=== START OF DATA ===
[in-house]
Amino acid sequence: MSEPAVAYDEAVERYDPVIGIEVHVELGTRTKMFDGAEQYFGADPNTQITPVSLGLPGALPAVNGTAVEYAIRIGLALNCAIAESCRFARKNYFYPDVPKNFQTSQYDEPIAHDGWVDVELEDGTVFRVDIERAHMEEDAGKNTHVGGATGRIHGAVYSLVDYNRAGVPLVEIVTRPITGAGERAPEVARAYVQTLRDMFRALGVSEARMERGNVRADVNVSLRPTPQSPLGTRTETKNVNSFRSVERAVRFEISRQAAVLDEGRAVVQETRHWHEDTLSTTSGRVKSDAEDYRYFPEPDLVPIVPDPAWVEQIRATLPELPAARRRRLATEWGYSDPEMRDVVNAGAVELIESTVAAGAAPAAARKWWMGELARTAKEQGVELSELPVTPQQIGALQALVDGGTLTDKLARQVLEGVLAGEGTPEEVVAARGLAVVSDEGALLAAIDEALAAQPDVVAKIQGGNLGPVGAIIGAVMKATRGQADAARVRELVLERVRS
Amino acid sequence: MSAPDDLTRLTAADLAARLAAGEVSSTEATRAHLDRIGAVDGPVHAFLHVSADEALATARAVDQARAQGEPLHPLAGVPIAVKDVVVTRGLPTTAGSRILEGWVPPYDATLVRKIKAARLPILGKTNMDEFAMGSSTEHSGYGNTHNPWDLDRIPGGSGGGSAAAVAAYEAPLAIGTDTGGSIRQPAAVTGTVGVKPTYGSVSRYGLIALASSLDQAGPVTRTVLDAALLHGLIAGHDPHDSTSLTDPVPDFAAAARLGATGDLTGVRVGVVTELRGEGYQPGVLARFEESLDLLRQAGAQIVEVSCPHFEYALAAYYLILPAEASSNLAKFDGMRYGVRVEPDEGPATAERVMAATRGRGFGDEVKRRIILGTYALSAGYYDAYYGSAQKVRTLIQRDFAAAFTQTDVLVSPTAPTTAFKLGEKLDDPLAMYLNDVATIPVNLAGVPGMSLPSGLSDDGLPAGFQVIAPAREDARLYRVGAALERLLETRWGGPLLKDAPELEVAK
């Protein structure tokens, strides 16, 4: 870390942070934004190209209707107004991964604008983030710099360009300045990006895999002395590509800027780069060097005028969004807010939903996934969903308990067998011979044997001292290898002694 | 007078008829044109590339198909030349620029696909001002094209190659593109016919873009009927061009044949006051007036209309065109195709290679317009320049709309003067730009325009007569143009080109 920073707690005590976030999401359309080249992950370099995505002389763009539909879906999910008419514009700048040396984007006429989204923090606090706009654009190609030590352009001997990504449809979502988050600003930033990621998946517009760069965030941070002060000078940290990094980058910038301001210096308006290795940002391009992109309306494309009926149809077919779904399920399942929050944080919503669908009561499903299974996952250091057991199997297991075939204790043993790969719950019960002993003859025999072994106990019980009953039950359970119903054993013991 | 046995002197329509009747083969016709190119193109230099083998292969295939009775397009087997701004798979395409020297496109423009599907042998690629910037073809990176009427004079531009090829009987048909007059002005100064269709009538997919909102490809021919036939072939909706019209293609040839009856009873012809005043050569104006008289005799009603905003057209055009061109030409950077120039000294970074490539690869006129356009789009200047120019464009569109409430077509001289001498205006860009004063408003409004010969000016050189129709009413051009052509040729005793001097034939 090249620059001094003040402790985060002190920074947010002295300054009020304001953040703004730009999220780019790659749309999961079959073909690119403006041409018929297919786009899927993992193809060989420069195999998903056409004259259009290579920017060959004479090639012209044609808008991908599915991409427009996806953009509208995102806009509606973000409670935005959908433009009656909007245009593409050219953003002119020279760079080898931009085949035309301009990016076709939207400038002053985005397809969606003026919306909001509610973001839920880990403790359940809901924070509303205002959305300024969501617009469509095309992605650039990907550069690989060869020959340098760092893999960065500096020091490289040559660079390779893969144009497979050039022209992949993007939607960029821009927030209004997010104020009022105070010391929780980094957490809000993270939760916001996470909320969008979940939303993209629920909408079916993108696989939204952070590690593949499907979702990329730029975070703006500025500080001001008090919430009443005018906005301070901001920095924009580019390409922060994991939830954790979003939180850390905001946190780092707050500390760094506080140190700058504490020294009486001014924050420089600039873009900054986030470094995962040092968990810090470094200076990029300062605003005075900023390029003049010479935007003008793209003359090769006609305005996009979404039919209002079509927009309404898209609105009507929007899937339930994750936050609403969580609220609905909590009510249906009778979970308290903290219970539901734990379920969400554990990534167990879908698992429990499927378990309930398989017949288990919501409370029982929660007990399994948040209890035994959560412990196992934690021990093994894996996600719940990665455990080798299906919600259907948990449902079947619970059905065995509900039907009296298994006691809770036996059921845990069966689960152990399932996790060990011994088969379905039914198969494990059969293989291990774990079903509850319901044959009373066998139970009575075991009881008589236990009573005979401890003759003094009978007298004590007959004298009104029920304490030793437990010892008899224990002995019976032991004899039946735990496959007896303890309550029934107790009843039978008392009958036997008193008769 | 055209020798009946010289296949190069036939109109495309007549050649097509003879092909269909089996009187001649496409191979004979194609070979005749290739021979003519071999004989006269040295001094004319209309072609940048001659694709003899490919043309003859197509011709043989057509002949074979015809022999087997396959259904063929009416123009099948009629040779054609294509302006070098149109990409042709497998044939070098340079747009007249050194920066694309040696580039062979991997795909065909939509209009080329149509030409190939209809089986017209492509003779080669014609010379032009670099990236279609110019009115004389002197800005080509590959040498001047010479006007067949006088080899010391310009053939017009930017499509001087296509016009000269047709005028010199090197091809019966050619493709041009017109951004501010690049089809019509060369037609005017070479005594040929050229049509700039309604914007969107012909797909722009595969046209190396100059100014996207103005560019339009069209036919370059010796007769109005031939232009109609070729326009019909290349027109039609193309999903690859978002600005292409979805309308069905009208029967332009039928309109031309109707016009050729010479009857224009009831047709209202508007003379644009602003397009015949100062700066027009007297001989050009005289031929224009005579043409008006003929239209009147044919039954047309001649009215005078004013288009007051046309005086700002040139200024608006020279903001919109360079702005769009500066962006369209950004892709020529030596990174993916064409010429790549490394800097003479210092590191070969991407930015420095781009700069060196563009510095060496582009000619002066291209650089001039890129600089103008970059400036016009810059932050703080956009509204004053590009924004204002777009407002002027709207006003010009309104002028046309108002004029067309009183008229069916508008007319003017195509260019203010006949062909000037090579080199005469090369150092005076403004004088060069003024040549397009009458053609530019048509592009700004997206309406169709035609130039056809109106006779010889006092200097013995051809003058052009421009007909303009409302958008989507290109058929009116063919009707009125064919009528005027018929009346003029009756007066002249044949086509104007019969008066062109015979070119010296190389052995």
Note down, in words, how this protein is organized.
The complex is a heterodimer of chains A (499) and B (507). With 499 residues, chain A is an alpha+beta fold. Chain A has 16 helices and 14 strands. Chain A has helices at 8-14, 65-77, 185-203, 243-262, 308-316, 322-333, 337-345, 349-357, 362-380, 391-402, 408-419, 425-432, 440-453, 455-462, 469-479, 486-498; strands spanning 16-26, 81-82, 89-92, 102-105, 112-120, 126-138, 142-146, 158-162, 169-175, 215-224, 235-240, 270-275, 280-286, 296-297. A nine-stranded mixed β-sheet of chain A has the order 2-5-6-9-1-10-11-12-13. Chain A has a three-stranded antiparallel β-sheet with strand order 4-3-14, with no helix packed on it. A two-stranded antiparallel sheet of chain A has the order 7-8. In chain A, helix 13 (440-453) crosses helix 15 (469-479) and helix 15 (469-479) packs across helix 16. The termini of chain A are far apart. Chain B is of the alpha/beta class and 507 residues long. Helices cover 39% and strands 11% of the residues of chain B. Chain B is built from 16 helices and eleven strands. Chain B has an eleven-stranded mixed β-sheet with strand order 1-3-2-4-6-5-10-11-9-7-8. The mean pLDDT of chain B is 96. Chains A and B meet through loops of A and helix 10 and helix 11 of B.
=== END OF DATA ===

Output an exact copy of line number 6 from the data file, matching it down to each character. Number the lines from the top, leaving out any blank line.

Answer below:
The complex is a heterodimer of chains A (499) and B (507). With 499 residues, chain A is an alpha+beta fold. Chain A has 16 helices and 14 strands. Chain A has helices at 8-14, 65-77, 185-203, 243-262, 308-316, 322-333, 337-345, 349-357, 362-380, 391-402, 408-419, 425-432, 440-453, 455-462, 469-479, 486-498; strands spanning 16-26, 81-82, 89-92, 102-105, 112-120, 126-138, 142-146, 158-162, 169-175, 215-224, 235-240, 270-275, 280-286, 296-297. A nine-stranded mixed β-sheet of chain A has the order 2-5-6-9-1-10-11-12-13. Chain A has a three-stranded antiparallel β-sheet with strand order 4-3-14, with no helix packed on it. A two-stranded antiparallel sheet of chain A has the order 7-8. In chain A, helix 13 (440-453) crosses helix 15 (469-479) and helix 15 (469-479) packs across helix 16. The termini of chain A are far apart. Chain B is of the alpha/beta class and 507 residues long. Helices cover 39% and strands 11% of the residues of chain B. Chain B is built from 16 helices and eleven strands. Chain B has an eleven-stranded mixed β-sheet with strand order 1-3-2-4-6-5-10-11-9-7-8. The mean pLDDT of chain B is 96. Chains A and B meet through loops of A and helix 10 and helix 11 of B.